Jacob Lawrence, "The Migration Series" (1940-41). Panel 1: “During the World War there was a great migration North by Southern Negroes", casein tempera on hardboard. The Phillips Collection, Washington D.C. Acquired 1942 (© 2015 The Jacob and Gwendolyn Knight Lawrence Foundation, Seattle / Artists Rights Society (ARS), New York. Photograph courtesy The Phillips Collection, Washington D.C.)
Jacob Lawrence, “The Migration Series” (1940-41). Panel 1: “During the World War there was a great migration North by Southern Negroes,” The Phillips Collection, Washington DC (© 2015 Jacob and Gwendolyn Knight Lawrence Foundation/ARS, NY)

This week is your chance to dive deep into the lessons of fascism, read Basquiat’s notebooks, explore Jacob Lawrence’s Migration Series, and check out NYC’s chapbook festival. And that’s just the beginning.

 L.A.B.: Narrative

When: Tuesday, March 31, 6:30pm (Free)
Where: The Kitchen (512 West 19th Street, Chelsea, Manhattan)

The Kitchen’s L.A.B. (an acronym for “language, art, and bodies”) series seeks to define and explore the often vague jargon of contemporary art. In this iteration of L.A.B, three artists in various fields — sculptor Kevin Beasley, choreographer Moriah Evans, and artist and singer Sahra Motalebi – will unpack the word “narrative” by producing artwork and conversation around the topic. As with other L.A.B. events, through their conversation, the guest artists will touch on the similarities and differences between the way terms and concepts are treated and defined in their respective mediums. —Kemy Lin

 The Motherhood Archives

When:Tuesday, March 31, 7pm (Free)
Where: Anthology Film Archives (32 Second Avenue New York, East Village, Manhattan)

As part of The Flaherty’s seasonal programming, themed around the relationship of artists to the objects they physically handle, the Anthology Film Archives will screen Irene Lusztig’s film The Motherhood Archives. Lusztig’s film, composed of clips from hundreds of educational, industrial, and medical training films from the 20th century, is a narrative and history of efforts to discipline and control the pregnant female body. The Motherhood Archives travels through time to chart medical and cultural developments in the realm of pregnancy and childbirth — from obstetric anesthesia to Lamaze — and examines women’s often ambivalent relationships with their children. —KL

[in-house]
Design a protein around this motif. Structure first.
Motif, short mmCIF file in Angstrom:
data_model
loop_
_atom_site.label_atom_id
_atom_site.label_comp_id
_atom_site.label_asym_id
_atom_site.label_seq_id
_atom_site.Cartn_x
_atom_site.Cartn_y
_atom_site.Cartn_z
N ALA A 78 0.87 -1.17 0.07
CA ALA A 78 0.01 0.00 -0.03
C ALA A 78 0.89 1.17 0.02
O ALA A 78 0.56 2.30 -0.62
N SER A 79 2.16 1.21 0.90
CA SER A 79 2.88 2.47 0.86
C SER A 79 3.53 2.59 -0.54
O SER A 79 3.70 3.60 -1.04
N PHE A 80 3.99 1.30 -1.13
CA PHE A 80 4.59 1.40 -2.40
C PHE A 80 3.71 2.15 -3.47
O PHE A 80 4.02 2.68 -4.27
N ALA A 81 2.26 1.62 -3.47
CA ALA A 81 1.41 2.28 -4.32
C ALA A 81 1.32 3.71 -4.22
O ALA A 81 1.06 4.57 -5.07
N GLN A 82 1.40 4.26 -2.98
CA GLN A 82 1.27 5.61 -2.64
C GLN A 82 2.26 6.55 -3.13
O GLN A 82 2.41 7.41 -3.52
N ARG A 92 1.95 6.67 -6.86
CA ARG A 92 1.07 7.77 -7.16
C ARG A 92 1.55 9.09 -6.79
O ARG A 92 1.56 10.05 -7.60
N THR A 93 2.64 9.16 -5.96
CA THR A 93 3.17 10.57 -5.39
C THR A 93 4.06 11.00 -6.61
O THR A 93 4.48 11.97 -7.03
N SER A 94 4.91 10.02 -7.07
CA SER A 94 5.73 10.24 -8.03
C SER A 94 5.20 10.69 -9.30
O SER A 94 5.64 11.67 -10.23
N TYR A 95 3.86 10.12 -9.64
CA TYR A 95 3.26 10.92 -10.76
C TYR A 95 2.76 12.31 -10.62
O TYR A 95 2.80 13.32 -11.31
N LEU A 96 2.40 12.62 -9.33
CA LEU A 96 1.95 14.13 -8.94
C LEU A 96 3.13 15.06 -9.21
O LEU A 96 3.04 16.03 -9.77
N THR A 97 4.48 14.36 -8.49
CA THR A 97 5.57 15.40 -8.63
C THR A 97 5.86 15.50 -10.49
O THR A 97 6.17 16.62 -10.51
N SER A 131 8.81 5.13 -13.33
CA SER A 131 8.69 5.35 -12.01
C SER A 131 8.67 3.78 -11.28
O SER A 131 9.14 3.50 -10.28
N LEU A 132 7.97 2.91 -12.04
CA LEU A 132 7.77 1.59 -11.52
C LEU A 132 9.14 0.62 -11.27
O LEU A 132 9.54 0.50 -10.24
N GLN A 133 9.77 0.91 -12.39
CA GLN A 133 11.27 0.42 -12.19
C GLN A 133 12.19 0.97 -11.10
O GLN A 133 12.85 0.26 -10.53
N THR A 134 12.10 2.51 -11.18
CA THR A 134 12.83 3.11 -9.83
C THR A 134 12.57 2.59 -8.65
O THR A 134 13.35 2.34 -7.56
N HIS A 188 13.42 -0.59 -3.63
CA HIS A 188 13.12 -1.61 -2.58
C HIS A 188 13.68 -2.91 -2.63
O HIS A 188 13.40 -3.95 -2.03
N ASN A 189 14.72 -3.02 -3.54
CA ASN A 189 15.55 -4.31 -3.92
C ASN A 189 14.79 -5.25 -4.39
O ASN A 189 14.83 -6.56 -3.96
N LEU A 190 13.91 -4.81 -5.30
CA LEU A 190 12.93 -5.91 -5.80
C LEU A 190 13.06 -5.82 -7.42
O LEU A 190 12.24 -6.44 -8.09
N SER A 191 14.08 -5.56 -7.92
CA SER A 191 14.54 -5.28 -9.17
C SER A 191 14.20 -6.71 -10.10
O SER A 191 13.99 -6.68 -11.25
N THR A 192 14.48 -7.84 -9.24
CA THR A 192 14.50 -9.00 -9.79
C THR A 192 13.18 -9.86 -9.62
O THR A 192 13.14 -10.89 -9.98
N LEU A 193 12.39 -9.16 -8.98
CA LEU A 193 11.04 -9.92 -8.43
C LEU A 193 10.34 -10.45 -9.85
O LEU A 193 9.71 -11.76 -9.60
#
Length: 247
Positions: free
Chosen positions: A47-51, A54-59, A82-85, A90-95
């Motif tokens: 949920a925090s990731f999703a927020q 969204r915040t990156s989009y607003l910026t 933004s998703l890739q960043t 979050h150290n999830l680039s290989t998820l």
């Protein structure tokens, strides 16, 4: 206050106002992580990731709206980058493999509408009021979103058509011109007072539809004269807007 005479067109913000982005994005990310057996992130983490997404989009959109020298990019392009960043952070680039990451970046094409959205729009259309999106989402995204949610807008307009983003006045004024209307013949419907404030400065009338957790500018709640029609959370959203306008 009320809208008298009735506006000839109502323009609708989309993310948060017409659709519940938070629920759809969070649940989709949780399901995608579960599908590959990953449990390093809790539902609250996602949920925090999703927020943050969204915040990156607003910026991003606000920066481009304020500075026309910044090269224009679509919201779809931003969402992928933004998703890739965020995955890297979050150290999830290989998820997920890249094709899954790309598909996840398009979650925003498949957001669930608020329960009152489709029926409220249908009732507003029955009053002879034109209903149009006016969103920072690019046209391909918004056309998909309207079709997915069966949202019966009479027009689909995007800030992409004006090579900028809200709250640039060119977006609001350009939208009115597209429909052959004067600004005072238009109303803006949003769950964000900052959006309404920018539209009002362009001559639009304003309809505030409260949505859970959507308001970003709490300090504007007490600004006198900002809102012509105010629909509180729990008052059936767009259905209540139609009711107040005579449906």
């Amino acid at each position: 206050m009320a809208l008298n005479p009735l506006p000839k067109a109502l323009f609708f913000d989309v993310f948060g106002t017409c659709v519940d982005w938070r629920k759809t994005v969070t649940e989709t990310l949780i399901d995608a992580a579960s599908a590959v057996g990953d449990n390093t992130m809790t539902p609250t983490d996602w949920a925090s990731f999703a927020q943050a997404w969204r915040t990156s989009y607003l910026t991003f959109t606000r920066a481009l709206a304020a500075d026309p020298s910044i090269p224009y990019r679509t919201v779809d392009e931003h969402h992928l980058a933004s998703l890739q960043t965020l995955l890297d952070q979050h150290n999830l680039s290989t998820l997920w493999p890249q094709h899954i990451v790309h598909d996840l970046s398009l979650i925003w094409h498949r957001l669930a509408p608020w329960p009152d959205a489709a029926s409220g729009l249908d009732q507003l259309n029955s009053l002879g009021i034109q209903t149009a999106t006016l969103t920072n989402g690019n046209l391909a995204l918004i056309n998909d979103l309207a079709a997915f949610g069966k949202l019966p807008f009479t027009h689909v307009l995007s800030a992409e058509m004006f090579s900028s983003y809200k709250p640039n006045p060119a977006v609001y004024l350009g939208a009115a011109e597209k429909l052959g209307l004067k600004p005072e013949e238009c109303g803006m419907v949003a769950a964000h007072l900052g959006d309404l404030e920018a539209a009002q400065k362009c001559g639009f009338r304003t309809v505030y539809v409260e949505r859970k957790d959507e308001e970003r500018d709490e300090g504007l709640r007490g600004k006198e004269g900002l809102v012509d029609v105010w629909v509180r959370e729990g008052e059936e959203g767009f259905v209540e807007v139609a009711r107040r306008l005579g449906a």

Fascisms Across Borders


When: Wednesday, April 1 & Thursday, April 2
Where: The Heyman Center (74 Morningside Drive, Morningside Heights, Manhattan) & The New School for Social Research (68 Fifth Avenue, Union Square, Manhattan)

Over the course of two days, Fascisms Across Borders will examine fascism, both as an ideology and as a concept. The symposium will also address the rise of fascistic governments and power structures during periods of perceived political instability:

Contemporary democracies are witnessing a striking paradox: the democratic political system enjoys the support of public opinion and even a universal allure, and yet, its existing mechanisms are under pressure and criticism principally as a result of a decline in trust.

 NYC/CUNY Chapbook Festival

When: Through Thursday, April 2 (Some events require an RSVP, see listing for details)
Where: Various

The Chapbook Festival, now in its seventh year, celebrates the chapbook as art and a venue for alternative thought and voices. There are a variety of different events, ranging from readings to workshops to award ceremonies, over the course of the three-day-long festival, where chapbook lovers will be able to learn about the publishing process and appreciate its creative fruits. Events include a day-long book fair at CUNY’s Graduate Center, a behind-the-scenes look at New York Public Library’s chapbook collections, workshops on hand bookbinding and letterpress printing, and a discussion of chapbooks’ potential as a pedagogical tool with all-girls publishing collective Raven Press—KL